Applicants for federal disaster assistance under the various programs administered by the Federal Emergency Management Agency (FEMA) are not without recourse when FEMA denies or determines to later take back (deobligate) funding. Applicants, however, should be mindful of the agency's heightened enforcement of appeals deadlines. Recently, FEMA issued a number of decisions demonstrating strict enforcement, against applicants, of both the 60-day deadline for filing of appeals and the 60-day deadline for State grantees to forward the appeals to FEMA. At the same time, FEMA continues to struggle with compliance with its own 90-day deadline.
Under the Stafford Act, applicants have a statutory "right of appeal" of "any decision regarding eligibility for, from, or amount of assistance" provided under the Act, but this right should be exercised "within 60 days after the date on which the applicant for such assistance has been notified of the award or denial of award." FEMA's regulations require that an applicant file its appeal through the State grantee and that, within 60 days of receipt, the grantee then "review and forward" the applicant's appeal to FEMA with a recommendation. Within 90 days of receipt of the appeal from the grantee, this same regulation requires FEMA to decide the appeal or request further information/seek additional technical assistance.
Historically, FEMA seems to have considered compliance with the applicable deadlines liberally, especially in the days and years following truly catastrophic disasters. However, those days of leniency may be a thing of the past. Here are some examples, all from the last six months, of how FEMA's strict enforcement of deadlines affected applicants' federal disaster assistance funding.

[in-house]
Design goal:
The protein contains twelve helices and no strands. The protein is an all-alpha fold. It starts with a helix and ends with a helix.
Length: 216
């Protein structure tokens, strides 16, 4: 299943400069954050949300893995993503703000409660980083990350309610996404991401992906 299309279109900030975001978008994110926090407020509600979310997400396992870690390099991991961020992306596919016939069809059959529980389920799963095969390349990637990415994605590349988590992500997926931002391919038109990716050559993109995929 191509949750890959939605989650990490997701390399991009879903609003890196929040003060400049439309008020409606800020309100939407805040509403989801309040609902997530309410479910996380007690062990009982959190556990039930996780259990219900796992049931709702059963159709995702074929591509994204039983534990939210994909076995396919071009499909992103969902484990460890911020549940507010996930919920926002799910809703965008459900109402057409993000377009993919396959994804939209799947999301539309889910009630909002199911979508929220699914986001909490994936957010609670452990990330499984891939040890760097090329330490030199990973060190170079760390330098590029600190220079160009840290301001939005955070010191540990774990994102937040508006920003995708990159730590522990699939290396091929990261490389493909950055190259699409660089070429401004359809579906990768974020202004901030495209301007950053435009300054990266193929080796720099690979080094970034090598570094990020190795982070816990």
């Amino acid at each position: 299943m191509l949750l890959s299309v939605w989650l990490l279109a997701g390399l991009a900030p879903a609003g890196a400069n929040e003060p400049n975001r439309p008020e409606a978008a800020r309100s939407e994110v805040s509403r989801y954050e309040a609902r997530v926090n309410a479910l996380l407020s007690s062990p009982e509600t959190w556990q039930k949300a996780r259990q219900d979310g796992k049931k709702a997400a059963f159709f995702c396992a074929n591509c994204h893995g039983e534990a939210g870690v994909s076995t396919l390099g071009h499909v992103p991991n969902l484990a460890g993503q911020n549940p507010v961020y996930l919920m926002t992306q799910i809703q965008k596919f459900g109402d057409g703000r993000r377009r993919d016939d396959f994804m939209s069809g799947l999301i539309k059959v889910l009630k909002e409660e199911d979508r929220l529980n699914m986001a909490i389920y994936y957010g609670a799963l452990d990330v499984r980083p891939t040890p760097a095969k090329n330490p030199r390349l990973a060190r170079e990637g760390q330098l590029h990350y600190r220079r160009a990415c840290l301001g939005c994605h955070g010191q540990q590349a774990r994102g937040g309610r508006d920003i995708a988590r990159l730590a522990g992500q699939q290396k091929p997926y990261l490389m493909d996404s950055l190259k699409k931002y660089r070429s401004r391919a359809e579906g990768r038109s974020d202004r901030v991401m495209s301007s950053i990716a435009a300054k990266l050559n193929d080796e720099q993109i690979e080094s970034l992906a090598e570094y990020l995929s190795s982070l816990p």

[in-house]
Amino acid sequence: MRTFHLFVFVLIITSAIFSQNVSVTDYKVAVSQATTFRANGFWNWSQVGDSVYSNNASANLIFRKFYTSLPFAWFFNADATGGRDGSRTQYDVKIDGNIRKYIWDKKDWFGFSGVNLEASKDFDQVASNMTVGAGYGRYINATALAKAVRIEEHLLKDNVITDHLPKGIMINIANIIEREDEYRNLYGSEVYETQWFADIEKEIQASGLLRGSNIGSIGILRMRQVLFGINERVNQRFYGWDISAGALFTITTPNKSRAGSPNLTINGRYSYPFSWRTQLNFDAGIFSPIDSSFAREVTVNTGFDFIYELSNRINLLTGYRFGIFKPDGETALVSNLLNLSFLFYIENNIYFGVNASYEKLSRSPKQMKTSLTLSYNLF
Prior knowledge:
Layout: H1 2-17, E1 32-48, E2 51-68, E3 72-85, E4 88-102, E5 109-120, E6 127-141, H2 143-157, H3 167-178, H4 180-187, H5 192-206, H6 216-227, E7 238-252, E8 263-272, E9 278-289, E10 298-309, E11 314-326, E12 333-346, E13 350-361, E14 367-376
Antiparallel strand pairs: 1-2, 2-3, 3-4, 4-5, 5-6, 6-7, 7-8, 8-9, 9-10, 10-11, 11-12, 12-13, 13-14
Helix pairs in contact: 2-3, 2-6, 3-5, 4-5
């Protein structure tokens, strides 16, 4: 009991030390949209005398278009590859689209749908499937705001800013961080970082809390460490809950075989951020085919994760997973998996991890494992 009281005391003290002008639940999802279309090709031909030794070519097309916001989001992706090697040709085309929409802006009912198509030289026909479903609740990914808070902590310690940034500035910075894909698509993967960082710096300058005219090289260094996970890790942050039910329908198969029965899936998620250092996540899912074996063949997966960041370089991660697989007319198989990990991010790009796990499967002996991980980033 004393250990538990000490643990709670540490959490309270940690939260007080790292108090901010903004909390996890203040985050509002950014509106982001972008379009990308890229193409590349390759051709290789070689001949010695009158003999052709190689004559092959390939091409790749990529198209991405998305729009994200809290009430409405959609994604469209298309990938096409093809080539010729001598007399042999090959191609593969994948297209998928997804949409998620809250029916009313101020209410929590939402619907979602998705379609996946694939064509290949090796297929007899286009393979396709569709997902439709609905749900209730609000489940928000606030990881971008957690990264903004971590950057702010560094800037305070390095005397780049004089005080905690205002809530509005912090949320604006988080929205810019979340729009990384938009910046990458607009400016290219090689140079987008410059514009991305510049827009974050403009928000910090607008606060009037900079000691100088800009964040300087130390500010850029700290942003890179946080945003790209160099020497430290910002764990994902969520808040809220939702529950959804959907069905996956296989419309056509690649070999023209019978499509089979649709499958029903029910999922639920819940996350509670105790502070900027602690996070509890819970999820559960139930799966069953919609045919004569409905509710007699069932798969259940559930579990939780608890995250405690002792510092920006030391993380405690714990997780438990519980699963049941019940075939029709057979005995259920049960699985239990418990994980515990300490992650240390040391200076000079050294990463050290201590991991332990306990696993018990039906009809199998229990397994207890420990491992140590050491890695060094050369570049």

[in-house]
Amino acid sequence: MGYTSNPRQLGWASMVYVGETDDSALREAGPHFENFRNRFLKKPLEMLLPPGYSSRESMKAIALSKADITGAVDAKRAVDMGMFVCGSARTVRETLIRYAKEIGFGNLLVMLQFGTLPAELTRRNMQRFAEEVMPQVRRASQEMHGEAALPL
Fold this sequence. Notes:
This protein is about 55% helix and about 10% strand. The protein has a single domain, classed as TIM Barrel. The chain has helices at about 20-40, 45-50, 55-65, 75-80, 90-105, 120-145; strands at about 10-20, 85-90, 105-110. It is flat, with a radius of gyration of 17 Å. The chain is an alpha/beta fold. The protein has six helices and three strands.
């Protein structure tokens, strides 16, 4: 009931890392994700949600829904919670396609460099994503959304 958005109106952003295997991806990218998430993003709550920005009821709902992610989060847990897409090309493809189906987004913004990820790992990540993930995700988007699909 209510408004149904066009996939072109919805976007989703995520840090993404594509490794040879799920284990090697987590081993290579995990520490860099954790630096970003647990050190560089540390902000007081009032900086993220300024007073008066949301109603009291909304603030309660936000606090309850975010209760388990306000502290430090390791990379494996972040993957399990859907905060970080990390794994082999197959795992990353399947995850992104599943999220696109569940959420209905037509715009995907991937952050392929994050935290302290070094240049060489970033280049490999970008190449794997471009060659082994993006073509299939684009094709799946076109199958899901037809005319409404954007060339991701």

Failure by either the applicant or the grantee to comply with [the deadline] requirements renders the appeal untimely and the Applicant's appeal rights lapse. Neither the Stafford Act, nor FEMA's regulations, authorize FEMA to grant time extensions for filing appeals.
FEMA appears to have considered the merits of the applicants' appeals in the first two examples and notes substantive issues in addition to those associated with timeliness. However, the merits discussion appears to have been immaterial to the outcome given FEMA's assertion that "FEMA is precluded by the Stafford Act and regulation" from extending the time to file appeals. Indeed, in the latter two examples, FEMA does not even appear to have considered the merits – the timeliness issues hence killed any chance of recovery.
The appeal filing deadline has also proved troublesome when the date an appeal is "received" is unclear. FEMA has taken a number of different positions on when the 60-day appeal (and 30-day arbitration) deadline begins to run:
Therefore, applicants should be mindful and consistently document receipt of all determinations.
While FEMA's strict enforcement of an applicant's 60-day appeal deadline is supportable by both the Stafford Act and FEMA's regulations, we do not find similar support for FEMA's conclusion that it cannot consider appeals if the State fails to forward the appeal timely. There is no statutory provision imposing this deadline; the statute does not even contemplate the State grantee's role in the appeal process. Further, the regulatory language specifying the deadline applicable to the State grantee is different from that specifying the applicant's deadline: "Appellants must file within 60 days" versus the "grantee will review and forward … within 60 days." If FEMA has no discretion to extend the deadline for grantees to forward appeals – as FEMA has asserted in its recent decisions – what does that say about FEMA's failure to decide appeals, or to request additional information, within 90 days of receipt? The regulation uses identical language ("will") for FEMA's and the grantees' deadlines.
If an applicant wants to preserve its appeal rights, it must file an appeal within 60 days of receipt of FEMA's determination. If the applicant is unsure of the deadline, file early. Applicants should consistently document receipt of all determinations. Finally, ensure that the State grantee complies with its deadline so that FEMA receives your timely filed appeal.